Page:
What to look for:
- Free-floating aquatic plant sometimes rooted in shallow water.
- Leaves are small, 0.5-2.5 inches, round to heart-shaped, with a purple-red underside.
- Leaves form a rosette.
- Single flower with three white petals and yellow center may be visible from June to August.
European frog-bit plants resemble miniature water lilies.
Plants can form dense mats, often among cattails or other shallow-water vegetation.
European frog-bit turions are seed-like buds or small shoots that detach and can form new plants.
About this species:
Habitat: European frog-bit is most often found in slow moving rivers, sheltered inlets, ponds, bayous and ditches. Prefers waters rich in calcium with no wave action.
Native Range: Europe, Asia and Africa.
U.S. Distribution: New York, Michigan, Ohio, Pennsylvania, Vermont, Washington. Also found in Quebec and Ontario, Canada.
Michigan Distribution: European frog-bit is widespread along the coastal areas of lakes Erie and Huron up to the eastern Upper Peninsula and has been found in inland lakes and ponds in southeast Michigan. In west Michigan, the plant has been found in inland lakes in Kent County as well as the Lower Grand River in Ottawa County and Pentwater Lake in Oceana County.
- Map of European frog-bit observations in the Lower Grand River 2019 - printable PDF
- Map of European frob-bit observations in Pentwater Lake 2019 - printable PDF
Local Concern: European frog-bit can form dense mats on the surface of slow-moving waters like bayous, backwaters and wetlands. Mats of European frog-bit can impede boat traffic and alter food and habitat for ducks and fish. Prolific growth of aquatic invasive plants like European frog-bit can also reduce oxygen and light in the water column.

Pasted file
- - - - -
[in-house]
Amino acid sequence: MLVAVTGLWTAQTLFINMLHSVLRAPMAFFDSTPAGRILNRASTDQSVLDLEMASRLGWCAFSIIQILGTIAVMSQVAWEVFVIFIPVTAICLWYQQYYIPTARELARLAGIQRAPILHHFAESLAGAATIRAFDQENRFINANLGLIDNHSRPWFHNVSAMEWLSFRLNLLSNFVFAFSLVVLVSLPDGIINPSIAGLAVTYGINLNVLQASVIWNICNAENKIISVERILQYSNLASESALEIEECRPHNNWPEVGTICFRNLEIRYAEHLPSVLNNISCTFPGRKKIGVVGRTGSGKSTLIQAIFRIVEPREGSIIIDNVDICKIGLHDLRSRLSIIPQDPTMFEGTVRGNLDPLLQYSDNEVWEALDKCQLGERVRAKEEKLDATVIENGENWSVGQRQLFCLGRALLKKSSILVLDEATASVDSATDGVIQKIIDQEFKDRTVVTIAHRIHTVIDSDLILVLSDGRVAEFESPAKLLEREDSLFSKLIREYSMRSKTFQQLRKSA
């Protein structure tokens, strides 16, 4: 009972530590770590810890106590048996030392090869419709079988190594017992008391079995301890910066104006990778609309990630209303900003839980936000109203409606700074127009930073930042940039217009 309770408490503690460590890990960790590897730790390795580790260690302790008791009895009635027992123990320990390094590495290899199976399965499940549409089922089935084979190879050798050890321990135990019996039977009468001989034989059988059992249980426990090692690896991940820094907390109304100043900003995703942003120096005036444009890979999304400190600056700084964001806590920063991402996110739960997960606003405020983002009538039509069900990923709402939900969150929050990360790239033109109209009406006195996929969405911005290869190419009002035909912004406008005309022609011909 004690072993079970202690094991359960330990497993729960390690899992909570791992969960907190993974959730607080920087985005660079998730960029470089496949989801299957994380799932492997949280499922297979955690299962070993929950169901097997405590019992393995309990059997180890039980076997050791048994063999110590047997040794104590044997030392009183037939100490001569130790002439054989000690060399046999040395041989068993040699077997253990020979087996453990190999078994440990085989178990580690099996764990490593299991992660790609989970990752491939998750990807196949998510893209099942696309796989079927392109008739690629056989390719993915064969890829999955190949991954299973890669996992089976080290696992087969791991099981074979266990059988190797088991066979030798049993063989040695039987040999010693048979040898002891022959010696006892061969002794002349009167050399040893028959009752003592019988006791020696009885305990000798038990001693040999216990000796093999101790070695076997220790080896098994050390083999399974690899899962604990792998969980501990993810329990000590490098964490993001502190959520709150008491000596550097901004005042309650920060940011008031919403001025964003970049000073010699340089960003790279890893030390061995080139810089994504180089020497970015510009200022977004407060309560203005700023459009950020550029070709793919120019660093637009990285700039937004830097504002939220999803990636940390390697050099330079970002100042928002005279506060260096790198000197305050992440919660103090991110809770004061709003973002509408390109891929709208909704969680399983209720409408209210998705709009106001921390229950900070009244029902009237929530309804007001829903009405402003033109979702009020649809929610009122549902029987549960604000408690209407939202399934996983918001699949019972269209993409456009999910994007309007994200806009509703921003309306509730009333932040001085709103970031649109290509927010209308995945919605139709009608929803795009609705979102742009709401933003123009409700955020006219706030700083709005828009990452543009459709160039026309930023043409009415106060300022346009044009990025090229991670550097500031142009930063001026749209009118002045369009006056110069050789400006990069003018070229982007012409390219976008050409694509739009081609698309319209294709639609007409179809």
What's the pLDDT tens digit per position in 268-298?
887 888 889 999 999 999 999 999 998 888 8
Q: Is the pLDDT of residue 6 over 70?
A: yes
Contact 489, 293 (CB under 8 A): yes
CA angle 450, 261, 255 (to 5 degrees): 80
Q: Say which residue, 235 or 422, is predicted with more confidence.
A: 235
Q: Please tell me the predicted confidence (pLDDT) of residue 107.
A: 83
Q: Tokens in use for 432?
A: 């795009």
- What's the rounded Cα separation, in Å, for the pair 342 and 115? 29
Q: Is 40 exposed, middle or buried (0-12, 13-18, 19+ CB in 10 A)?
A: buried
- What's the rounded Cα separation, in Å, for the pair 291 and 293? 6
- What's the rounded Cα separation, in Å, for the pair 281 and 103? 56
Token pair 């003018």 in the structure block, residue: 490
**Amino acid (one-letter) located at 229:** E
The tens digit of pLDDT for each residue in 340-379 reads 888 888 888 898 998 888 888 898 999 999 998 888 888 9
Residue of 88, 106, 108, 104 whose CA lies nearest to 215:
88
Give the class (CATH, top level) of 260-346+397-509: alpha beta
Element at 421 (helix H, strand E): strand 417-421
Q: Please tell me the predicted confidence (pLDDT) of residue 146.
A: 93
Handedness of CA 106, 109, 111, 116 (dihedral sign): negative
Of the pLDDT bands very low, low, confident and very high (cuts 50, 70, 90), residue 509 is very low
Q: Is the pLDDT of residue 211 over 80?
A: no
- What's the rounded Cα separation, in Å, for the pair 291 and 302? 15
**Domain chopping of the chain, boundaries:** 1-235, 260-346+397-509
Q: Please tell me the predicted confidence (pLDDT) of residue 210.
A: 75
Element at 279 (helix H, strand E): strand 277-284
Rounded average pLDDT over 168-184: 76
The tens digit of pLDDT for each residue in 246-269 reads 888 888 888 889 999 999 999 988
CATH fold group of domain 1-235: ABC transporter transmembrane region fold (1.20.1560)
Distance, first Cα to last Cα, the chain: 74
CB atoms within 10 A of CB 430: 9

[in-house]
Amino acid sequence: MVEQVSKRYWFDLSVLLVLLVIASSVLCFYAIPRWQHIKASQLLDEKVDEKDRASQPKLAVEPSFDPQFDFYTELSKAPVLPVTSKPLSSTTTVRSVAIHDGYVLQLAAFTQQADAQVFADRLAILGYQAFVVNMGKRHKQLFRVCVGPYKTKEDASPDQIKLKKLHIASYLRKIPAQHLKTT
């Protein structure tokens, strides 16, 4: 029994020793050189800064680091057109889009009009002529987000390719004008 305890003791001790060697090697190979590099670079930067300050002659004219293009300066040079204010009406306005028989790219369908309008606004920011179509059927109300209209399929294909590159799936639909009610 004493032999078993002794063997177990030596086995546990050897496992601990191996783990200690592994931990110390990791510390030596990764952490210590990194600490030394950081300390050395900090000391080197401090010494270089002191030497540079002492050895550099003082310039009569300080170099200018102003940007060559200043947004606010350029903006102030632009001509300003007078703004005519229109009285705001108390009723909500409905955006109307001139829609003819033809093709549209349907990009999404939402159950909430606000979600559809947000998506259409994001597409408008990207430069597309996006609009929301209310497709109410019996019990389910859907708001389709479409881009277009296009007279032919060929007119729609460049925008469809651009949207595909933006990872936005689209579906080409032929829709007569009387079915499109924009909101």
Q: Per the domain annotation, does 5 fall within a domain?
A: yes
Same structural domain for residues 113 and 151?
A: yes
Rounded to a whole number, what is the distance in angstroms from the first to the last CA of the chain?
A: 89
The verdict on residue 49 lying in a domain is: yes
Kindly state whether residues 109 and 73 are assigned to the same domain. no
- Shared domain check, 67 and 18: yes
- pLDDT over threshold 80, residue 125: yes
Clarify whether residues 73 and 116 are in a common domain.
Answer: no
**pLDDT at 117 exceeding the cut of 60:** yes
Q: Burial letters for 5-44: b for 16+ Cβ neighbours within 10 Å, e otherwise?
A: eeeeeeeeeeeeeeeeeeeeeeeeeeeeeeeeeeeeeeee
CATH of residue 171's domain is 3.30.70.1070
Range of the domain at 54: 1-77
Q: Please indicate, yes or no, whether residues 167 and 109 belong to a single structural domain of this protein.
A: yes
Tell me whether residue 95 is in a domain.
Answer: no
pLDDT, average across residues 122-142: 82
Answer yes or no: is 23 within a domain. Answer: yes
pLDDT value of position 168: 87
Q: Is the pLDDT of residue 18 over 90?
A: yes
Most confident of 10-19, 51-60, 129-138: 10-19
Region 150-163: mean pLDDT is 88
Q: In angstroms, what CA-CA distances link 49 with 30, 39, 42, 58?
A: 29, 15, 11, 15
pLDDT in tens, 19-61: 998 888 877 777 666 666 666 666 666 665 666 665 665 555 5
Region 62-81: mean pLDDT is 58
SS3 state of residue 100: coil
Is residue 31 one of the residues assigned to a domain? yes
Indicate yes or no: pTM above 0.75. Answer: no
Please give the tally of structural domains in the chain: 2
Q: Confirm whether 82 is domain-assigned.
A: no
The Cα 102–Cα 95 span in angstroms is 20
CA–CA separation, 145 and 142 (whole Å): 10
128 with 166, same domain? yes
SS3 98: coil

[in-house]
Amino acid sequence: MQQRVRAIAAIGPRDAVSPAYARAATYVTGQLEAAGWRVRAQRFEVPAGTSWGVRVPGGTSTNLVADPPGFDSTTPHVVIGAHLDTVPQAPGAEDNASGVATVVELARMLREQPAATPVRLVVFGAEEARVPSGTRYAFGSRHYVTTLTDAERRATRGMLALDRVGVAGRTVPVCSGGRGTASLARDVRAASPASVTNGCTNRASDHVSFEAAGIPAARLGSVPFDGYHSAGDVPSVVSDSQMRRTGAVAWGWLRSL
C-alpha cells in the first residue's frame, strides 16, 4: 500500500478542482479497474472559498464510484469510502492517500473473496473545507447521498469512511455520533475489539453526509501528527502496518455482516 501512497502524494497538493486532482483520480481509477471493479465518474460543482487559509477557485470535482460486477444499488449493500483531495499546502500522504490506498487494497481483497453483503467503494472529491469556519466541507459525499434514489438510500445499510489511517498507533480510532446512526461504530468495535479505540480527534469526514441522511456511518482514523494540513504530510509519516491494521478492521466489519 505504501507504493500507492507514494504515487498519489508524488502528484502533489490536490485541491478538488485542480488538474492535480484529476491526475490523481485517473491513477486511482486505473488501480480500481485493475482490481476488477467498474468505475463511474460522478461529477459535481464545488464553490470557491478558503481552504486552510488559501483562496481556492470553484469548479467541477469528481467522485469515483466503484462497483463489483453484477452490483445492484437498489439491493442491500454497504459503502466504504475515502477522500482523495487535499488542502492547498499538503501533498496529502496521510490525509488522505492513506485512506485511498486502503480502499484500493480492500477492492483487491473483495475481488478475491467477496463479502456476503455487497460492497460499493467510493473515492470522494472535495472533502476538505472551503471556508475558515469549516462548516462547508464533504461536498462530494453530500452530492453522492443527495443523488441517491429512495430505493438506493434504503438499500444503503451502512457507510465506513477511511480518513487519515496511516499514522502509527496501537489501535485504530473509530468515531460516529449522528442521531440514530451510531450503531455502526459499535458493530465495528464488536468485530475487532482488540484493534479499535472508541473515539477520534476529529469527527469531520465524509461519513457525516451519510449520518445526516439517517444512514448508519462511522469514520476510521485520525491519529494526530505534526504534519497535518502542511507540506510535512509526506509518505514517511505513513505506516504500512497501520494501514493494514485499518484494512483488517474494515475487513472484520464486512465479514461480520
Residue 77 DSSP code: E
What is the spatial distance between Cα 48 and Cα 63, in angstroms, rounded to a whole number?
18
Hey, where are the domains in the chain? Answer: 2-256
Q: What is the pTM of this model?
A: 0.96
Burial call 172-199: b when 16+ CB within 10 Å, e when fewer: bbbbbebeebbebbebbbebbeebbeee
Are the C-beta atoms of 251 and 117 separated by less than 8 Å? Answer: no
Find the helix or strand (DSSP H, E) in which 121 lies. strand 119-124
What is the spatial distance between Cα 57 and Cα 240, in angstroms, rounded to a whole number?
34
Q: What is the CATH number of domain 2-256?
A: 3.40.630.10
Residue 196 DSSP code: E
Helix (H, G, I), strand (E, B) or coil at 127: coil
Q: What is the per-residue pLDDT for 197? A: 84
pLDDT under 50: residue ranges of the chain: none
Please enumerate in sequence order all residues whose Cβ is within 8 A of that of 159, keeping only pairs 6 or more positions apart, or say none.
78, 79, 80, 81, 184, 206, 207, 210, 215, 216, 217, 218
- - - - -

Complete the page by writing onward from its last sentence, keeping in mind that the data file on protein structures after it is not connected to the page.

Means of Introduction or Spread: European frog-bit is often introduced to new water bodies when plants or turions are transported on boats, trailers and recreational gear. Once established, drifting mats of vegetation can spread to connected waters.
High Risk Pathways: boating, hunting.
Treatment: Manual removal in the spring or early summer can be effective for small populations but requires repeated efforts to maintain control. Certain chemical treatments have also been used to reduce European frog-bit. Information on chemical treatments can be found in Michigan’s Status and Strategy for European Frog-bit Management.
European Frog-bit Poster for Waterfowl Hunters - Printable PDF
European Frog-bit Identification and Reporting - Downloadable PowerPoint presentation
Status and Strategy for European Frog-bit Management - Printable PDF. This document provides in-depth information about European frog-bit in Michigan including identification, distribution, management and control options.
MDARD Weed Risk Assessment for European Frog-bit (Hydrocharis morsus-ranae) - Printable PDF. This document evaluates the invasive potential of the plant species using information based on establishment, spread and potential to cause harm.